1. box-shadow: 0 -3px 42px red inset, 
  2.             0 -13px 26px black inset, 
  3.             0 0 20px black inset, 
  4.             0 1px 6px #805300, 
  5.             0 0 10px black;
Box shadows don't scale nicely if set in pixels.
Box shadows don't scale nicely if set in pixels. If font-size is increased shadows cover less area showing more background through. If font-size is decreased shadows cover larger area obscuring the background.

But if we recalculate the pixels that give the satisfying result when Zoom is 1 (no font size change in the browser) into ems we'll get a perfectly scalable solution (it scales well if ems are used because our button metrics are defined in ems):

  1. box-shadow: 0 (-3em / 32) (42em / 32) red inset, 
  2.             0 (-13em / 32) (26em / 32) black inset, 
  3.             0 0 (20em / 32) black inset, 
  4.             0 (1em / 32) (6em / 32) #805300, 
  5.             0 0 (10em / 32) black;
Box shadows do scale proportionately if set in font-based units
Box shadows do scale proportionately if set in font-based units
Is there any difference between using em instead of rem units? Although the numbers aren't necessarily exactly the same if the rem/em isn't in 1:1 ratio, we will get the same end result. The shadows will behave the same no matter if we calculate them in rem or em. It is a good practice though to set rem only on major design block font-size (in BEM, or molecules in atomic design nomenclature) and use em on everything inside. This way we set one size control point for the design block and set everything related to that block to refer to that control point. Specifically set font-size of the block in rem, and everything else that needs to scale with font size to em.

Border radius in em vs border-radius in px or vw

Buttons often have a circular finish on the sides. We can't reliably use percentages to achieve that because the button width and height are rarely the same so the percentage will turn out different horizontal and vertical border radii.

50% border-radius doesn't yield a circular finish.
50% means half width horizontally and half height vertically which doesn't yield a circular finish.

To get circular sides we might be tempted to use ems. As previously when we used ems to scale properties we can use ems here as well. But when it comes to some properties (and border-radius is one of them) we might not like to have them faithfully scaled!

If we set our button to border-radius of 4em we get nice circular sides even if our button text flows into more than one line (when there isn't enough room to keep it in a single line). The two-line example from above still looks nice in circular side finish, but with four lines it looks a bit odd:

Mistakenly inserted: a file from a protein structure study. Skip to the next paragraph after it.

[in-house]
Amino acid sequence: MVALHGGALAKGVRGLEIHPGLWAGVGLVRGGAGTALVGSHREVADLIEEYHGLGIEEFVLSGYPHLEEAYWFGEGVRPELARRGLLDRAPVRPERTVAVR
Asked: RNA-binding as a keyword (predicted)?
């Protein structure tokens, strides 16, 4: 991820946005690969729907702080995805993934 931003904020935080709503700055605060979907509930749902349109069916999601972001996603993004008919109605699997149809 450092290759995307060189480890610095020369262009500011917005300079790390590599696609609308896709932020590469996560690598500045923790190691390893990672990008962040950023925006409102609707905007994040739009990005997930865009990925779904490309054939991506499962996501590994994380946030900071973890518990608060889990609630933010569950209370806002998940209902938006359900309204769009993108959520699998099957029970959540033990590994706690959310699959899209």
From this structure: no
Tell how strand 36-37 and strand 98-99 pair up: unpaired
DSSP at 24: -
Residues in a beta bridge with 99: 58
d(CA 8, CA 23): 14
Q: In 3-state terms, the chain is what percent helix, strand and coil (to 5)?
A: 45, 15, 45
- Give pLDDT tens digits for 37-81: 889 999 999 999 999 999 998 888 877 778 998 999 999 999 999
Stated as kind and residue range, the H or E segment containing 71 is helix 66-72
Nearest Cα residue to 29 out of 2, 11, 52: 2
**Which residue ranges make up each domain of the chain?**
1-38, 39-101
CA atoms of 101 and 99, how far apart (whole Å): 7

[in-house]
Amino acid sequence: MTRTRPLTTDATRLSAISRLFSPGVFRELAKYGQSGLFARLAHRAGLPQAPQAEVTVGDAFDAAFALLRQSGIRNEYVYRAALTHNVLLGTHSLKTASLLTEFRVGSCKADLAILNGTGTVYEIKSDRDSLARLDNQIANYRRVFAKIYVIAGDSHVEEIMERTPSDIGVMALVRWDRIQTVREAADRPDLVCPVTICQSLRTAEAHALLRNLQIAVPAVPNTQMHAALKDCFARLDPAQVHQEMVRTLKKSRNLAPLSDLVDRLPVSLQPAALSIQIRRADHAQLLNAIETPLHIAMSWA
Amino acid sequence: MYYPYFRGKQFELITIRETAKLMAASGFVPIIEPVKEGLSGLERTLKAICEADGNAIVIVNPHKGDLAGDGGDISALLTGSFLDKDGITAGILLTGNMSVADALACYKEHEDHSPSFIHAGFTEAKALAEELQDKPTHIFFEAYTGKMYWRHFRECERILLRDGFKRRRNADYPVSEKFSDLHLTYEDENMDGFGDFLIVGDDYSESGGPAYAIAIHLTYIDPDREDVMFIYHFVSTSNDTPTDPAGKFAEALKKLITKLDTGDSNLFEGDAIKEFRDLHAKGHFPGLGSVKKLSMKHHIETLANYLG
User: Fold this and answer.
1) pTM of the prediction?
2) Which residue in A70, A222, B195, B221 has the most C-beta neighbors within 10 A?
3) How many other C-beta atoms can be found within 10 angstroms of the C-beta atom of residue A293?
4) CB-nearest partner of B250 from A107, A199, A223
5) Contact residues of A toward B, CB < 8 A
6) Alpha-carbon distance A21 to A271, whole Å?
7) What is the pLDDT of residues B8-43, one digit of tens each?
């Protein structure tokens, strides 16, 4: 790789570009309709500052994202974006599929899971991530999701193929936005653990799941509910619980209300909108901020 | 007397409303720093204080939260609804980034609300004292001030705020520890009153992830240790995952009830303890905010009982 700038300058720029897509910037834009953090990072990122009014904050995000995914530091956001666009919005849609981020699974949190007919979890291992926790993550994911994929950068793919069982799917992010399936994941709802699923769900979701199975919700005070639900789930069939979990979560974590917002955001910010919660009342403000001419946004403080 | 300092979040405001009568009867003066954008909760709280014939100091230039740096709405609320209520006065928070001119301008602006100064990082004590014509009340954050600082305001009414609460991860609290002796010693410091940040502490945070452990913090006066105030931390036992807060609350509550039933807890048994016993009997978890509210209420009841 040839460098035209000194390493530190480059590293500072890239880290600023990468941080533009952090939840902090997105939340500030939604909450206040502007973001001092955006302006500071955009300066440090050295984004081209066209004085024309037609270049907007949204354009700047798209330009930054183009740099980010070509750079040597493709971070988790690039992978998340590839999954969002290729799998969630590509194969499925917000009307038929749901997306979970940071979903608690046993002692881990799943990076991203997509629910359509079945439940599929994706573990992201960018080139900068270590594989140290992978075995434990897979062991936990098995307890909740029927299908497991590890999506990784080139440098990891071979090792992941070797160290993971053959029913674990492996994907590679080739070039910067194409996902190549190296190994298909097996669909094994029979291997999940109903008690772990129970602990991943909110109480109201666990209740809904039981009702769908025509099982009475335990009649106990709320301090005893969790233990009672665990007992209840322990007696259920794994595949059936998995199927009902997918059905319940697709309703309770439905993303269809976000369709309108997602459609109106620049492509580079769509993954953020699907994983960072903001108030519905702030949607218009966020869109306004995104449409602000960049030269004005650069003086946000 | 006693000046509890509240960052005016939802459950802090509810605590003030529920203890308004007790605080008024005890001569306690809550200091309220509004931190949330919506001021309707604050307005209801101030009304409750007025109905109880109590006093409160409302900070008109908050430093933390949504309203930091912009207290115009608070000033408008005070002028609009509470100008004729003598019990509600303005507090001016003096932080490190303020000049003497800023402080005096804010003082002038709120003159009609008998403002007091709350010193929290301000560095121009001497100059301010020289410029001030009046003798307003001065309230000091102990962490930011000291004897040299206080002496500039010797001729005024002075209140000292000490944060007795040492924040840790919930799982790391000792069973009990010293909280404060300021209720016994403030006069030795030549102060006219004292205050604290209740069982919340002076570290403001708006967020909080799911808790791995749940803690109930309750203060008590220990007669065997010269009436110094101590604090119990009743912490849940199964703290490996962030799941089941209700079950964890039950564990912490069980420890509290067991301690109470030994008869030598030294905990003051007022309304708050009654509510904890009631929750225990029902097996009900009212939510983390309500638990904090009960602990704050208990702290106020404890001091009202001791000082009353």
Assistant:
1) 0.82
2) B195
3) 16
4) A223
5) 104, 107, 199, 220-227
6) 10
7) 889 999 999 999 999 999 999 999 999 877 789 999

four-lined button

This weird egg shape with text unevenly spaced from the edges isn't what we might call gracious scaling. So, in this case, we want the scaling to stop at a certain point, to be smart so we get a different finish when the circular doesn't serve us well anymore.

Pixels can help our button have circular sides when the button spans few lines of text, and more palatable rounded corners when spanning more lines. But this will look good only if we keep the font size intact or decrease it. If we increase the font size when there is enough room to fit everything into a single line, the original amount of pixels won't be enough to reach half button height to round it perfectly:

Rounded corners instead of half-circles because of px

This is the case when we want to keep the circled sides because that follows the design. It is only when things get awkward that we want the rounded corners to take over.

The ultimate solution here is to use viewport width units. The vw units are so magical that it is possible to find the sweet-spot that will make our button sides circular if the text spans one or two lines at any font size or screen width, and that turns the button into a rounded rectangle if space allows for three or more lines of text. The sweet-spot in our particular case is 14vw:

14vw border-radius

Conclusion and demo

In the end we used max-width to get width to behave, set the main metrics in font-size related units ems, ems also for shadows, and vw for border-radius to scale differently depending on geometry of the button.

Width-adjusting buttons

Investigate the full code:

See the Pen Width-adjusting button by Mihaela Jurković (@prkos) on CodePen.